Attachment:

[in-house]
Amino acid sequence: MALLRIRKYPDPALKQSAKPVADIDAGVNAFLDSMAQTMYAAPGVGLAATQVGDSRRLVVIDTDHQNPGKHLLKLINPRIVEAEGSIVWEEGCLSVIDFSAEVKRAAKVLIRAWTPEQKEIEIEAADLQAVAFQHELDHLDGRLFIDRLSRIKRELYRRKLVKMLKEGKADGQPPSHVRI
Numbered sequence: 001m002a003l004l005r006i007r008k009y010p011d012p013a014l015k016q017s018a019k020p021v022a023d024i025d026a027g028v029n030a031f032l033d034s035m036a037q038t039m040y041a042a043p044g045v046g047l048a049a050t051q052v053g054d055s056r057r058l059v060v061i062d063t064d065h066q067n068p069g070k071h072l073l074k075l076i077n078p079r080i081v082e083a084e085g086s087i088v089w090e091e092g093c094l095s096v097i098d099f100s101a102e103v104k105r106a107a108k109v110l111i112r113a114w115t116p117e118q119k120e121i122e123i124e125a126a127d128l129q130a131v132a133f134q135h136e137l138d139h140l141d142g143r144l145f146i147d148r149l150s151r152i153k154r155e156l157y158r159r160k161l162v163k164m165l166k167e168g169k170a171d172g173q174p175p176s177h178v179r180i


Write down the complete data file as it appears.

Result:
[in-house]
Amino acid sequence: MALLRIRKYPDPALKQSAKPVADIDAGVNAFLDSMAQTMYAAPGVGLAATQVGDSRRLVVIDTDHQNPGKHLLKLINPRIVEAEGSIVWEEGCLSVIDFSAEVKRAAKVLIRAWTPEQKEIEIEAADLQAVAFQHELDHLDGRLFIDRLSRIKRELYRRKLVKMLKEGKADGQPPSHVRI
Numbered sequence: 001m002a003l004l005r006i007r008k009y010p011d012p013a014l015k016q017s018a019k020p021v022a023d024i025d026a027g028v029n030a031f032l033d034s035m036a037q038t039m040y041a042a043p044g045v046g047l048a049a050t051q052v053g054d055s056r057r058l059v060v061i062d063t064d065h066q067n068p069g070k071h072l073l074k075l076i077n078p079r080i081v082e083a084e085g086s087i088v089w090e091e092g093c094l095s096v097i098d099f100s101a102e103v104k105r106a107a108k109v110l111i112r113a114w115t116p117e118q119k120e121i122e123i124e125a126a127d128l129q130a131v132a133f134q135h136e137l138d139h140l141d142g143r144l145f146i147d148r149l150s151r152i153k154r155e156l157y158r159r160k161l162v163k164m165l166k167e168g169k170a171d172g173q174p175p176s177h178v179r180i